Raven is a lovely, fluffy black cat.
Unlike actual ravens, when he found himself atop a power pole in Adna, Raven the cat could not fly down. Plus, his climbing abilities align with the reputation of other cats: He is better at scaling things than he is at descending them.
Ken and Julie Wiseman got a knock on their door on Monday afternoon from a stranger who asked them if the cat atop the power pole down the street belonged to them. The couple hadn’t seen their cat, Raven, in a few days. But that was typical for them, said Ken Wiseman, a longtime grocery checker at Safeway. Their four male cats often wander over to the neighbors’ homes to spend time with them, so they hadn’t been worried.
When they walked to the pole about 100 yards up the road from their place, there was Raven at the top, panting and meowing in the afternoon heat, stressed and dangerously close to the power line.
Ken Wiseman said the cat was walking back and forth along the wooden cross arm and sparks were flying as the cat’s fur neared the line.
The next pole over has a transformer that brings power into the Wiseman’s home. If Raven had climbed that one, he likely wouldn’t have made it to the top alive, let alone back down.
At first, the Wisemans called Lewis County Fire District 6, their local station. While they wanted to help, the station said there was too much liability taken on when sending a firefighter up to the top of a power pole. Nearing the live wire was simply too dangerous.
The station gave the family the name of a cat rescue service, but the duo decided to call the Lewis County Public Utility District (PUD) and let them know they planned to have someone try to rescue their beloved Raven.
Within a few minutes, PUD staff who had been on state Route 6 were on the scene. The same risks weighed by the fire station — such as the cat touching the line while touching one of his saviors, thereby electrocuting them or the cat jumping on the line and causing an outage, among other things — made them decide to turn the power line off.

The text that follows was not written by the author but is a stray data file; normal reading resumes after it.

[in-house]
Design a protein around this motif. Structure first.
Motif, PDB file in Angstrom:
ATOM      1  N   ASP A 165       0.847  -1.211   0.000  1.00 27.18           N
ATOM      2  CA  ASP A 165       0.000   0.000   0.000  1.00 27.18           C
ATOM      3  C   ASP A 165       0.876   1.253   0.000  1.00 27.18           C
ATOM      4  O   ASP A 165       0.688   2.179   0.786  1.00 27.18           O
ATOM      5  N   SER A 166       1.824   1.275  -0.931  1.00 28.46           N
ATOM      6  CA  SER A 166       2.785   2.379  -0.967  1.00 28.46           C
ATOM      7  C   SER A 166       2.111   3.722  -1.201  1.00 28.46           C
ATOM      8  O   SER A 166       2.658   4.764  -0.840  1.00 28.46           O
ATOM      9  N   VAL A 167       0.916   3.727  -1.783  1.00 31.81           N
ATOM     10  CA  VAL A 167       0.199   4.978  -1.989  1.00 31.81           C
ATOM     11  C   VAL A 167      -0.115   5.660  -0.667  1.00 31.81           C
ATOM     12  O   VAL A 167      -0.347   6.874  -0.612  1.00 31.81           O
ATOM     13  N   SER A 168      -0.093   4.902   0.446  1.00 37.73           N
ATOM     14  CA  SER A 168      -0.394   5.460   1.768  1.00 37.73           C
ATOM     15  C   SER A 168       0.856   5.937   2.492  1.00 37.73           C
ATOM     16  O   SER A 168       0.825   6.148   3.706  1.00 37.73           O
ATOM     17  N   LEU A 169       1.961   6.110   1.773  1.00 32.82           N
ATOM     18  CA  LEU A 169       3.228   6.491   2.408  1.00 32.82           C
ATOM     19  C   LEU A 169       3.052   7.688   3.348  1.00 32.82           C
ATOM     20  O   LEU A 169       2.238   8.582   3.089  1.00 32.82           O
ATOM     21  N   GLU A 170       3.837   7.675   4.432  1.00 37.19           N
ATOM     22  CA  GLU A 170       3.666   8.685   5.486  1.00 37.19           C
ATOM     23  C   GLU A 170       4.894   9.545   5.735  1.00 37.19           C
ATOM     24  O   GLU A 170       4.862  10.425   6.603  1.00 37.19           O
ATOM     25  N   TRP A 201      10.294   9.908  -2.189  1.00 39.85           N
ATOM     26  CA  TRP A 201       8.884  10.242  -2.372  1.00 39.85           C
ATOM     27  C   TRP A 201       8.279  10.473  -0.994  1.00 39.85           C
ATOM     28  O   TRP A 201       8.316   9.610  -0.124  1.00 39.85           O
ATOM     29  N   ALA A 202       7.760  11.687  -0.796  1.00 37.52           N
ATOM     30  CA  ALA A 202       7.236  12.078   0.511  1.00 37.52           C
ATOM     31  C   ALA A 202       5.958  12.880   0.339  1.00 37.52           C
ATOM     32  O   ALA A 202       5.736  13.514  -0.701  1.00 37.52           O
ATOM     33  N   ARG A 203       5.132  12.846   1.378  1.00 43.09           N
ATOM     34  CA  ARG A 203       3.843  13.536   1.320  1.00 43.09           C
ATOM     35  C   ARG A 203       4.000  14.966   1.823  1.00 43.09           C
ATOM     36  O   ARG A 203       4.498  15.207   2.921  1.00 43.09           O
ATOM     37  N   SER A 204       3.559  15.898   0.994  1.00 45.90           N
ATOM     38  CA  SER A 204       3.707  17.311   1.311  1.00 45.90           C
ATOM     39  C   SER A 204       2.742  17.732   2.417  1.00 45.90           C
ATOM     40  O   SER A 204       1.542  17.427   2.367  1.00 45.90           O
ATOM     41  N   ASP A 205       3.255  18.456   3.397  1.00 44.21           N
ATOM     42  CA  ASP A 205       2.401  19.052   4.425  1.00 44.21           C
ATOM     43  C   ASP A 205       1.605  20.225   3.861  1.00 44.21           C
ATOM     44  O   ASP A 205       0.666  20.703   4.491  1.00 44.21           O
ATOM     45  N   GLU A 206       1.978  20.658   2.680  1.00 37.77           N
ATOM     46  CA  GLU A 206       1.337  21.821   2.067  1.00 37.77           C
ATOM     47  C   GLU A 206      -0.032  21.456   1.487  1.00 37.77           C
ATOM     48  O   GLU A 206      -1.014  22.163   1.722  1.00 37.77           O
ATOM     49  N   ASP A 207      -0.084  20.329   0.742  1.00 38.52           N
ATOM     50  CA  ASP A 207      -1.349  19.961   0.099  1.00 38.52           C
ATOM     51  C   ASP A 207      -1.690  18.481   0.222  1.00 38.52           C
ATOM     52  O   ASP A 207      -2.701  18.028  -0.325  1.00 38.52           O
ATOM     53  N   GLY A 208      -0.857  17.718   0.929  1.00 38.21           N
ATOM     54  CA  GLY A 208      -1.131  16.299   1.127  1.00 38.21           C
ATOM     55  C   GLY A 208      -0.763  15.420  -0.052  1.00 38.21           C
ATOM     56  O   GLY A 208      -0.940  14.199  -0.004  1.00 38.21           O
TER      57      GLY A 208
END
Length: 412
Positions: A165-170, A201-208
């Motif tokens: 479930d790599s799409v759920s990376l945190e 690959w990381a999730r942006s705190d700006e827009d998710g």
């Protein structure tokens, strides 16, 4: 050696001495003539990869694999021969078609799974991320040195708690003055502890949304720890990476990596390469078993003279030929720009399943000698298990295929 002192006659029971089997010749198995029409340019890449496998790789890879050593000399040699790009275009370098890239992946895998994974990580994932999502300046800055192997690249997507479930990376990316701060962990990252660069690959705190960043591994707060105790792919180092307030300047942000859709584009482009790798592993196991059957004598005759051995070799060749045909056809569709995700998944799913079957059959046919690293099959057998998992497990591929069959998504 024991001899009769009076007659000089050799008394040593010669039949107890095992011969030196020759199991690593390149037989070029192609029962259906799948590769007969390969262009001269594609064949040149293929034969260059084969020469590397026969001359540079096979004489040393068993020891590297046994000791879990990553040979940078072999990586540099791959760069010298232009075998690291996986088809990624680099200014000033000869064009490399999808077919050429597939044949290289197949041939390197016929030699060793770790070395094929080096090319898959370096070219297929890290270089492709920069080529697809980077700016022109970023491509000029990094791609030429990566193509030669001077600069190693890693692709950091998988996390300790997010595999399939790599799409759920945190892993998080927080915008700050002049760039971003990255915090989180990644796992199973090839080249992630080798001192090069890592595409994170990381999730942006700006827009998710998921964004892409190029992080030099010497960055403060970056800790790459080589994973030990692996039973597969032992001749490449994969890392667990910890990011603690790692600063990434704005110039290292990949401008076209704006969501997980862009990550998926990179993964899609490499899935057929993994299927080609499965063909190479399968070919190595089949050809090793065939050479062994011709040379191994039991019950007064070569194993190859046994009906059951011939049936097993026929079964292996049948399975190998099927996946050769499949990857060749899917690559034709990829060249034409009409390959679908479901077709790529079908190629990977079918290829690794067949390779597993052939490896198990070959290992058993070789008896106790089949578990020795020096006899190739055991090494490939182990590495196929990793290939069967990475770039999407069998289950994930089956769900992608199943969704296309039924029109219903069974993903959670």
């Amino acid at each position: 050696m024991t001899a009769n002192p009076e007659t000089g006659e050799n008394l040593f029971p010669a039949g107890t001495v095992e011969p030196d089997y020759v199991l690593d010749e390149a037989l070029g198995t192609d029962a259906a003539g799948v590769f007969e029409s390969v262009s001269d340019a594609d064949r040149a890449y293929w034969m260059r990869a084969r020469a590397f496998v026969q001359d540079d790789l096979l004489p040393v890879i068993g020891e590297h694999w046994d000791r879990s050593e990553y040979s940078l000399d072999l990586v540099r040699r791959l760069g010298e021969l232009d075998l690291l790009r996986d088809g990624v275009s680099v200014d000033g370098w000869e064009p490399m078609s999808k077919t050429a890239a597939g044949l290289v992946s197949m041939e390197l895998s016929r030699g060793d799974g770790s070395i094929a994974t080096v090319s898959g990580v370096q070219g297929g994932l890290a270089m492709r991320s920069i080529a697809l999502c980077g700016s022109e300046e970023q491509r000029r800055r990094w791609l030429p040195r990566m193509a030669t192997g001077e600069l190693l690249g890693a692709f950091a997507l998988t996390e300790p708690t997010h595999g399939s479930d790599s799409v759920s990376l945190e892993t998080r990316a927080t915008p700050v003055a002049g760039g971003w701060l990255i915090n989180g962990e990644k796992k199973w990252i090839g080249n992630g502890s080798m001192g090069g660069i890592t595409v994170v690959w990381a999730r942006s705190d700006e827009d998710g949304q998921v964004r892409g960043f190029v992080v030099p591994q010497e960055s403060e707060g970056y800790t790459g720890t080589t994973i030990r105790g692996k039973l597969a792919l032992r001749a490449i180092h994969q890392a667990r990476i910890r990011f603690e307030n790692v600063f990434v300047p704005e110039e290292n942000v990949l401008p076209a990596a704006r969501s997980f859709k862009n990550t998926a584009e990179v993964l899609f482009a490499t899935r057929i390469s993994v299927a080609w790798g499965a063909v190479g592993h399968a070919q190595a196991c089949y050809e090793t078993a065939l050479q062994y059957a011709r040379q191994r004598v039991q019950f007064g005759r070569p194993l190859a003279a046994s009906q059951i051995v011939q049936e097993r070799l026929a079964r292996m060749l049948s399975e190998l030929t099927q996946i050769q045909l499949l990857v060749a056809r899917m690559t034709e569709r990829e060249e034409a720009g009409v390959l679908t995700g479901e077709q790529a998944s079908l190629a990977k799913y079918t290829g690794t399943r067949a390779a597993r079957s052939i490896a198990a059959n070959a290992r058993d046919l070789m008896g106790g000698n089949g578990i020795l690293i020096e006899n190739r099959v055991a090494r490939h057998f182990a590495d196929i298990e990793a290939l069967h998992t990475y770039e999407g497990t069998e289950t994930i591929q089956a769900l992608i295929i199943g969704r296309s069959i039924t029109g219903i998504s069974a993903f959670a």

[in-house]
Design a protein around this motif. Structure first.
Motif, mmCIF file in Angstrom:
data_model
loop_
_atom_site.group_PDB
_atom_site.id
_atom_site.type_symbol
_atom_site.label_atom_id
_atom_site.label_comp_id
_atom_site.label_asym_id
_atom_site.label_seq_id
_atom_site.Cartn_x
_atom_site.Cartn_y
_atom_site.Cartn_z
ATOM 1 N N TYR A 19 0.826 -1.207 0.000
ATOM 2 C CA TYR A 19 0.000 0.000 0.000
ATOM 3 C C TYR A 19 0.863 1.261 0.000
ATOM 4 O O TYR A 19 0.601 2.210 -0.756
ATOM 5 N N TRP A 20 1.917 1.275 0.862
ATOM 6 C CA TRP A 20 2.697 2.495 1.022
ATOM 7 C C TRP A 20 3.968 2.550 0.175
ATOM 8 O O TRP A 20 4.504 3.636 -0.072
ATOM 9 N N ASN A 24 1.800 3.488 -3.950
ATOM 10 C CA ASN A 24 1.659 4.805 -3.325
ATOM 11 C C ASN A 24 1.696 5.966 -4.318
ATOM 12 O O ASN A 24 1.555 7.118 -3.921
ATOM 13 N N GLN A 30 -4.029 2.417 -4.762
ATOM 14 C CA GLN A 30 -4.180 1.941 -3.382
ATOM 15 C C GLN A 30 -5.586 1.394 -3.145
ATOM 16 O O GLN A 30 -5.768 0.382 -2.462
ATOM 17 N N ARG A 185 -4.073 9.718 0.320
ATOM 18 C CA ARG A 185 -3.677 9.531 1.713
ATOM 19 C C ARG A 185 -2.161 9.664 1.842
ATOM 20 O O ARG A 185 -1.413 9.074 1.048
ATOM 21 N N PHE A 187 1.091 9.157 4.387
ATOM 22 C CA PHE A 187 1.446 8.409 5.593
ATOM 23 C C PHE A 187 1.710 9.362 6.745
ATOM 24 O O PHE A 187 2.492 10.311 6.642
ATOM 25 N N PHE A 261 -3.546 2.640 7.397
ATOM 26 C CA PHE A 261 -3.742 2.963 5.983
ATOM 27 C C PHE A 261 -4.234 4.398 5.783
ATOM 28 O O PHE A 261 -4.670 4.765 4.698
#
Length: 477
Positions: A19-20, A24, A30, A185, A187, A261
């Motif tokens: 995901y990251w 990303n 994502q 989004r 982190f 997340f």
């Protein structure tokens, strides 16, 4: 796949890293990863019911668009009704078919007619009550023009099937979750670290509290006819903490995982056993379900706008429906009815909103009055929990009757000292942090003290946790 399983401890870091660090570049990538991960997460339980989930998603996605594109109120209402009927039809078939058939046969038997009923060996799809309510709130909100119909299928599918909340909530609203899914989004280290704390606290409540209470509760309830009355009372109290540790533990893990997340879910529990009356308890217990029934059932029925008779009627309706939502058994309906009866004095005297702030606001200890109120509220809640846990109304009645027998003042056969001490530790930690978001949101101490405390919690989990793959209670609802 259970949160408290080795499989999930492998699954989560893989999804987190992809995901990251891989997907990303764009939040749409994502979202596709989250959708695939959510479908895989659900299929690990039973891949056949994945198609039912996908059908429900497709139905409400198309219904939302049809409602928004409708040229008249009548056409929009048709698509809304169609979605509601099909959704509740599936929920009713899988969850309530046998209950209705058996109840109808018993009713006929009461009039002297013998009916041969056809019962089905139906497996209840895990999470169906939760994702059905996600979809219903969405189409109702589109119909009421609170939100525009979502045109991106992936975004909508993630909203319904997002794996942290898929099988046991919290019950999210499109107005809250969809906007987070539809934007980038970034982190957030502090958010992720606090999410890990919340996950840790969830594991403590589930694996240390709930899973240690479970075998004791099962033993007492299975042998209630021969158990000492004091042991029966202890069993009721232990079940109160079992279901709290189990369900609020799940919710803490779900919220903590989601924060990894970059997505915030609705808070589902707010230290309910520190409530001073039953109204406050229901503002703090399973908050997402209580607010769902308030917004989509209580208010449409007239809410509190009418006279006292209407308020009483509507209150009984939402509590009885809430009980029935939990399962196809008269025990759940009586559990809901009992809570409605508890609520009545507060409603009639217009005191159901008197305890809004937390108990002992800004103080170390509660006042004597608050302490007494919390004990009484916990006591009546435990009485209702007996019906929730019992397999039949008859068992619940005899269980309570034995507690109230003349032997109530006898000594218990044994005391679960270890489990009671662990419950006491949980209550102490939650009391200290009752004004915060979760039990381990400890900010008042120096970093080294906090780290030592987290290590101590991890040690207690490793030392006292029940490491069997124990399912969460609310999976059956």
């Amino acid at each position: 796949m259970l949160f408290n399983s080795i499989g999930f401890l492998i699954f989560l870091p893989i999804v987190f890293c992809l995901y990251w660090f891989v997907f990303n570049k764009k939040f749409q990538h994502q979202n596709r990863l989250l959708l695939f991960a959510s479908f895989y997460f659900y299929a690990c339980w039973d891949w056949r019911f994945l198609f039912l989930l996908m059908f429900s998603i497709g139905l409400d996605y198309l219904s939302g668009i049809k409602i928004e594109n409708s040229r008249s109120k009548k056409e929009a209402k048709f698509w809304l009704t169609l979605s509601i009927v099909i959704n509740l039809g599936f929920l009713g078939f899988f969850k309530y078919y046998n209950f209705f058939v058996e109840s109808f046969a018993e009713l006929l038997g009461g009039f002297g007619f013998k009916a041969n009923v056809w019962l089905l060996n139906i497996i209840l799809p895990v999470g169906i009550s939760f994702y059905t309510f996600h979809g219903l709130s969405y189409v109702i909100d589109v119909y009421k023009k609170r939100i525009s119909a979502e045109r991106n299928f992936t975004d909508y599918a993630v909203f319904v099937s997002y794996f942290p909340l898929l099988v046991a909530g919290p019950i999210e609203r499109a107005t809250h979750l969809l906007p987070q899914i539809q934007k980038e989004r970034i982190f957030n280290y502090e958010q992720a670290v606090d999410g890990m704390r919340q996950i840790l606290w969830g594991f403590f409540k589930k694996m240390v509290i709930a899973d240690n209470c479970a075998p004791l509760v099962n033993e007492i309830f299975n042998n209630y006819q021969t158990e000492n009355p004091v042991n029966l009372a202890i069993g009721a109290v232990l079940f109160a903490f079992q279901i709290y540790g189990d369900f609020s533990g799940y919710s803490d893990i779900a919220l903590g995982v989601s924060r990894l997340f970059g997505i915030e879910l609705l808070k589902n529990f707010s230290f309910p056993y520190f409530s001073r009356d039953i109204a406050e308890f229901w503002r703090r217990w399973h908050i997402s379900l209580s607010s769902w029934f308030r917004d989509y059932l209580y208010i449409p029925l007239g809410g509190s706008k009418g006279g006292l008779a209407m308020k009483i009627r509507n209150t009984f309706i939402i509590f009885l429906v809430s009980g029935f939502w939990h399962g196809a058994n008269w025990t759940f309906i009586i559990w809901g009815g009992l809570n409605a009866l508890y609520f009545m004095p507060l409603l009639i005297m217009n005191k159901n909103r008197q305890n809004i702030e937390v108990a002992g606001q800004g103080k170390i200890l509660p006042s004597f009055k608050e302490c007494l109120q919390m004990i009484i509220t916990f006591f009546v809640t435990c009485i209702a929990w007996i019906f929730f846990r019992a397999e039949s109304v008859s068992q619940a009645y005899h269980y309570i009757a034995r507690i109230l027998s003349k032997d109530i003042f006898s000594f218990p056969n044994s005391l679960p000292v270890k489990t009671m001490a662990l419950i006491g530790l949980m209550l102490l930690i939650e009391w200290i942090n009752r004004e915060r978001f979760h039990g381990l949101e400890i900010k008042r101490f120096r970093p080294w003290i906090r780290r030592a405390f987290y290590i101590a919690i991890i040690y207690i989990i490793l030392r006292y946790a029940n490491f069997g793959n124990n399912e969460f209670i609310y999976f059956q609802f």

“You know, it wasn’t the old lady ‘Oh, woe is me,’ it was, ‘We got a cat and it could be a problem.’ That’s the way they looked at it,” Ken Wiseman said.
Julie Wiseman added: “It was more of an emergency because we’d have an outage if he hit the wire.”
Within about five minutes, the cat was rescued and returned to his owner’s arms, and the power was back on moments later.
“The best part about it is they were not like, ‘Oh not this again.’ Not even remotely. They were very professional. It was like, ‘Oh my god, if that was my cat,’ that kind of thing,” Ken Wiseman said.
Lewis County PUD Energy Services Specialist Jacob Henry said this is a rare instance, and in general they encourage others in a similar situation to call 911, and local emergency responders can determine whether to call the PUD.
“Getting the animals down safely is no easy task as their reactions are unpredictable to the workers trying to help,” Henry wrote in an email. “Sounds like this was a great outcome for everyone involved, especially the cat! … Lastly, we always encourage customers to call the PUD outage line whenever an outage exists.”